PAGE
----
China claims rights progress despite crackdown on dissent

Beijing defends improvements to legal system in government White Paper

An usher gestures as China’s President Xi Jinping arrives to deliver his closing statement at the G20 summit in Hangzhou last week. Under Mr  Xi, China has seen increased persecution of human rights lawyers and civil society reformers, with tighter control of the internet and the media. Photograph: Johannes Eisele/AFP/Getty Images

An usher gestures as China’s President Xi Jinping arrives to deliver his closing statement at the G20 summit in Hangzhou last week. Under Mr Xi, China has seen increased persecution of human rights lawyers and civil society reformers, with tighter control of the internet and the media. Photograph: Johannes Eisele/AFP/Getty Images

 

China’s Communist Party-run courts have strengthened their system of legal checks and balances and are making progress on human rights, despite ongoing criticism about rule of law violations, the country’s cabinet has said in a White Paper.

Improvements include tightening up of judicial procedures to prevent illegally obtained evidence and upholding principles of innocence until proven guilty, according to the State Council document.

China has revised the Criminal Procedure Law, and implemented principles of legality, in dubio pro reo, exclusion of unlawful evidence,” ran the document called New Progress in the Judicial Protection of Human Rights in China, which was published in state media.

The document pointed to recent advances such as fitting interrogation rooms with recording equipment to prevent torture, and also the introduction of China’s first anti-domestic violence law.

“Meanwhile, the judicial accountability system has been improved, while judicial transparency promoted to ensure the right to know and the right to supervise for concerned parties and the public,” it said.

Under President Xi Jinping, China has seen increased persecution of human rights lawyers and civil society reformers, with tighter control of the internet and the media, leaving little leeway for individuals and groups to influence public policy and air grievances.

Last month, Philip Alston, a New York University law professor who is the United Nations special rapporteur on extreme poverty and human rights, accused China of staging a “pincer movement” to rein in lawyers, activists and non-governmental organisations.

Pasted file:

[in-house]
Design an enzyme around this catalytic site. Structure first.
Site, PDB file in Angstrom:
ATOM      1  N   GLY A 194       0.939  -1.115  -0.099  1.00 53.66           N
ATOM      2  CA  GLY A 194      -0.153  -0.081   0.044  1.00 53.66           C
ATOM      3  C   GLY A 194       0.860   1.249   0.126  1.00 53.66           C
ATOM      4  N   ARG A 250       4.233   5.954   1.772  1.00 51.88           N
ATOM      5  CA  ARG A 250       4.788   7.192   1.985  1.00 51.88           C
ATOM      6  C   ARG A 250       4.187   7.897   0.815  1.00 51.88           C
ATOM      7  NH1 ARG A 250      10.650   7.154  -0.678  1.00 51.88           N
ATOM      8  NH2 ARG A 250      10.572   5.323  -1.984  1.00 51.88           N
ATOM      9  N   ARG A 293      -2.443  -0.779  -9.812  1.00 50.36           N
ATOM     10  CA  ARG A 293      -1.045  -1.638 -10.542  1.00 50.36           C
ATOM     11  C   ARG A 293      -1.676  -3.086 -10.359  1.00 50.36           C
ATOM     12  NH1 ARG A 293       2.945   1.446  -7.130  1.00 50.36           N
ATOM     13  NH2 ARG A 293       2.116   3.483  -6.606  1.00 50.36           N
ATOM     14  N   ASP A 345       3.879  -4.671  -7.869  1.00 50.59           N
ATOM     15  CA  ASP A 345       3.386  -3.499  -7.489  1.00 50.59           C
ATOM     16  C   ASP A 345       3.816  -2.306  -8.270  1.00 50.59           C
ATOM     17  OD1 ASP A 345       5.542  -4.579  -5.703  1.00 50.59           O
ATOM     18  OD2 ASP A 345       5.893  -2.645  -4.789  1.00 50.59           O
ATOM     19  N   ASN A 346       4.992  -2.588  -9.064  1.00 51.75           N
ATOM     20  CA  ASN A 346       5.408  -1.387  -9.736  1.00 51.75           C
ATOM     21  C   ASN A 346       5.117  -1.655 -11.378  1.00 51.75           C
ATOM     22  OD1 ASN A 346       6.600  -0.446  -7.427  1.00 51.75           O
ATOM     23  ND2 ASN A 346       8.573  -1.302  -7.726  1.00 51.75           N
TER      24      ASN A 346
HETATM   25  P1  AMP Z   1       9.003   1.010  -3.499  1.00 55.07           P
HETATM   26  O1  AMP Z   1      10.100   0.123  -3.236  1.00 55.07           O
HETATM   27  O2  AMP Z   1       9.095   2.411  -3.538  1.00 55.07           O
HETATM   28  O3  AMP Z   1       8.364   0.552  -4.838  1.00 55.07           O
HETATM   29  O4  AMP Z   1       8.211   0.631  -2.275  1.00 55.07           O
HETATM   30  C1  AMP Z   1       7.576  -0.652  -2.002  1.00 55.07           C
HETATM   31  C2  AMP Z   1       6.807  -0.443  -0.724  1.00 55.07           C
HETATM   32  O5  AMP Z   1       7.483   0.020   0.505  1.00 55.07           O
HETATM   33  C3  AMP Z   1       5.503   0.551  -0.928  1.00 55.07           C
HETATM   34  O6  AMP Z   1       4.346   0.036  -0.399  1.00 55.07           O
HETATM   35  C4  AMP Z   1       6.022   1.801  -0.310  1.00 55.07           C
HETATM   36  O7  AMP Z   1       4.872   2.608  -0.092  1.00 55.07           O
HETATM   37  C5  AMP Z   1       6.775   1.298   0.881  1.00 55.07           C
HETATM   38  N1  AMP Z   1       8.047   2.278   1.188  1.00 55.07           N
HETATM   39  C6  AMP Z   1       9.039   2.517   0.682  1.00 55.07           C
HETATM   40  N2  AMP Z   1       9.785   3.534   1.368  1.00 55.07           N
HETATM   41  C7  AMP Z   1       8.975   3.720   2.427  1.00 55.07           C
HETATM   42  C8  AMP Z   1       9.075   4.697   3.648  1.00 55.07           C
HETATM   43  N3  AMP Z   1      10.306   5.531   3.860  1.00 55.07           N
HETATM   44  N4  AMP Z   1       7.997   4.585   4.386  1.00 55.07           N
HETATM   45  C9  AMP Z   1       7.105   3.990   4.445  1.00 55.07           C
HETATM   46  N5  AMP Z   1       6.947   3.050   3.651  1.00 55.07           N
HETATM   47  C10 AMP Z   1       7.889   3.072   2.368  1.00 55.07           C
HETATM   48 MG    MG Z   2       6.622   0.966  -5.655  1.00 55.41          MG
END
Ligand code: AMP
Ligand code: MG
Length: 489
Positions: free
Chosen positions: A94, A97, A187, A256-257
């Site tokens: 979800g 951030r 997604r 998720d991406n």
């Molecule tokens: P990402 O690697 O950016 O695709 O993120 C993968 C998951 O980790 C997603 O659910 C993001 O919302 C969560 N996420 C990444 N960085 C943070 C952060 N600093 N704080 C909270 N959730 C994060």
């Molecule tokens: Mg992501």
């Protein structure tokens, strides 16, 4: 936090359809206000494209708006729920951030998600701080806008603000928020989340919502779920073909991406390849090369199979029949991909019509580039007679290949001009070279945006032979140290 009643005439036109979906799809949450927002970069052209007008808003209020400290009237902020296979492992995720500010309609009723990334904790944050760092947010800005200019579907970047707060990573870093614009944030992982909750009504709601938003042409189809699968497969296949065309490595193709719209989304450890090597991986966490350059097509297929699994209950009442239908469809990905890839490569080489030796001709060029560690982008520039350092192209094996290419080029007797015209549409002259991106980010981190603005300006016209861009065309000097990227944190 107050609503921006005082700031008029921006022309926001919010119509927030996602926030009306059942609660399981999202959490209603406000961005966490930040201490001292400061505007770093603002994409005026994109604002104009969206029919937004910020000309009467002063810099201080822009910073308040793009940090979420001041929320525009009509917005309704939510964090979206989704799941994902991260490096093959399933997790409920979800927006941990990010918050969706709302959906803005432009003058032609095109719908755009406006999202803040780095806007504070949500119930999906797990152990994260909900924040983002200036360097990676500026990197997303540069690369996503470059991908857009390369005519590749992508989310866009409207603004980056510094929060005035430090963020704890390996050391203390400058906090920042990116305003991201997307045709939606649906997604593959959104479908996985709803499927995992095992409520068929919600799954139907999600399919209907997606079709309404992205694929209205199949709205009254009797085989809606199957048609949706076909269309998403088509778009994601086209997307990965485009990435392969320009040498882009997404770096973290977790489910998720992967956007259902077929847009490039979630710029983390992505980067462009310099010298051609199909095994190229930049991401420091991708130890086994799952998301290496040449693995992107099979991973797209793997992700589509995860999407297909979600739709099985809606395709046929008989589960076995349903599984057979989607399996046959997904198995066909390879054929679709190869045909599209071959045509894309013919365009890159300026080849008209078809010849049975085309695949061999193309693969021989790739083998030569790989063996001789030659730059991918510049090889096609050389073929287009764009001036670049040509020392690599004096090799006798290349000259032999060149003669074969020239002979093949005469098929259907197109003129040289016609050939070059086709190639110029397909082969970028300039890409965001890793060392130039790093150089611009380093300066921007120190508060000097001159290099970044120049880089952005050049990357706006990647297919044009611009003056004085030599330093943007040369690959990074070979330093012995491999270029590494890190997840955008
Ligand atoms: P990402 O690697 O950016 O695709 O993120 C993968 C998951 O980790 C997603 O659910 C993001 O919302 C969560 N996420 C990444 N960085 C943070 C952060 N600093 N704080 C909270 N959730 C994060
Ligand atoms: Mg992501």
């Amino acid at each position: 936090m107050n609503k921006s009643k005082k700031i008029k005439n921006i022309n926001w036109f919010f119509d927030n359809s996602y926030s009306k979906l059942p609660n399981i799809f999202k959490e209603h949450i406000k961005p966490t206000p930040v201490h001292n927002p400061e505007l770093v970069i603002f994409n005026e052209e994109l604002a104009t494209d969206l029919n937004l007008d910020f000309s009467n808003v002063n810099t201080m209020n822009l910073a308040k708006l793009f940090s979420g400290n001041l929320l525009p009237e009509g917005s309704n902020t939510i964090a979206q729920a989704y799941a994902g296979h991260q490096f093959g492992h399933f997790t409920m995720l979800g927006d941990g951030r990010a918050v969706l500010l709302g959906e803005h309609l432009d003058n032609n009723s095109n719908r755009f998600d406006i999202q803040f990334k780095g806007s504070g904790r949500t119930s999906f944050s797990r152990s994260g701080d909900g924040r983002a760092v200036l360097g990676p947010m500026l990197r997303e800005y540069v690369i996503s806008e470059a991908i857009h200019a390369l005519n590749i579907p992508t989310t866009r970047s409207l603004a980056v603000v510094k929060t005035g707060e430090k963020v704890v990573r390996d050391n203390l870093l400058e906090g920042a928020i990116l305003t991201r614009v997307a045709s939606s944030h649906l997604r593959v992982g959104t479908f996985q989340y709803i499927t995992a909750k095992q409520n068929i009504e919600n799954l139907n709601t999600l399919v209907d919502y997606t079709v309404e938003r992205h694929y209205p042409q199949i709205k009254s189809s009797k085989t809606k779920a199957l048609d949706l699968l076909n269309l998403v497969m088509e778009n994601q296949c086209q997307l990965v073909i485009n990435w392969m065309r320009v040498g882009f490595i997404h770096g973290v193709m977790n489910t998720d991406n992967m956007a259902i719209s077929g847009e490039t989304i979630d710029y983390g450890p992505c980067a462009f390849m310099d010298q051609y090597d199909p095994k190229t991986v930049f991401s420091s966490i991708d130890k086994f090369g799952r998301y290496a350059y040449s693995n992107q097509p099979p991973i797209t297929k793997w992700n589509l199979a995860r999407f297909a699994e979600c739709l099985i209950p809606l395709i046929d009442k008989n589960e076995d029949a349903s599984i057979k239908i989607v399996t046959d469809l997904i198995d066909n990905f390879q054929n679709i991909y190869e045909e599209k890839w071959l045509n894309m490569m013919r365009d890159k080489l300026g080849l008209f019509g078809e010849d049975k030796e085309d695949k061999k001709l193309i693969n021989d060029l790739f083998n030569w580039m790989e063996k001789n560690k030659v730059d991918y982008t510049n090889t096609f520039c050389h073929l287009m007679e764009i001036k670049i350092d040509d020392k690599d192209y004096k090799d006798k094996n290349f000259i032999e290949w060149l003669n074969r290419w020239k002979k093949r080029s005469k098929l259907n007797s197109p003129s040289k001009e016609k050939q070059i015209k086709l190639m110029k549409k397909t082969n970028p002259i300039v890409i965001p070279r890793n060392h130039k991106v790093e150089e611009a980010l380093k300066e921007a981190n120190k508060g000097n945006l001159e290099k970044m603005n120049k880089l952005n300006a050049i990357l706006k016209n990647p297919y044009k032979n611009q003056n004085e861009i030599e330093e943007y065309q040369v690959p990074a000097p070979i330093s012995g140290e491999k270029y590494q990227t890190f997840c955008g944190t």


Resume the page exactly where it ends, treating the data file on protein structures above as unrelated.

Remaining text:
July marked the anniversary of the “709 Crackdown”, which saw 248 people detained, many of them working for law offices defending activists, which Mr Alston described as “a pincer movement designed to systematically narrow and control the space for citizens to express discontent over matters such as land rights, workers’ rights and environmental threats”.

Activists are typically convicted on charges of state subversion, a vaguely worded term that has caused much concern among legal experts in the West.

China has also introduced a raft of tough new laws of late, including legislation restricting foreign NGOs, an anti-terrorism law and a national security law.

Death penalty

“The death penalty is under strict control and is employed with prudence,” it said, adding that it applied only to a “very small number of extremely serious criminal offenders”.

The Dui Hua Foundation in San Francisco has estimated the number of executions in China in 2013 at 2,300.

China had abolished the death penalty for non-violent economic crimes in 2011, and an amendment in 2015 abolished the death penalty for nine other areas of crime, including smuggling arms and ammunition, counterfeiting currency, forcing others into prostitution and obstructing military personnel in the performance of their duties. The amendments also extended the possibility of reprieve in cases of capital sentence.

“When the supreme people’s court reviews a death penalty case, it focuses on interrogating the defendant in accordance with the law, and listening to opinions of the defence counsel,” the document said.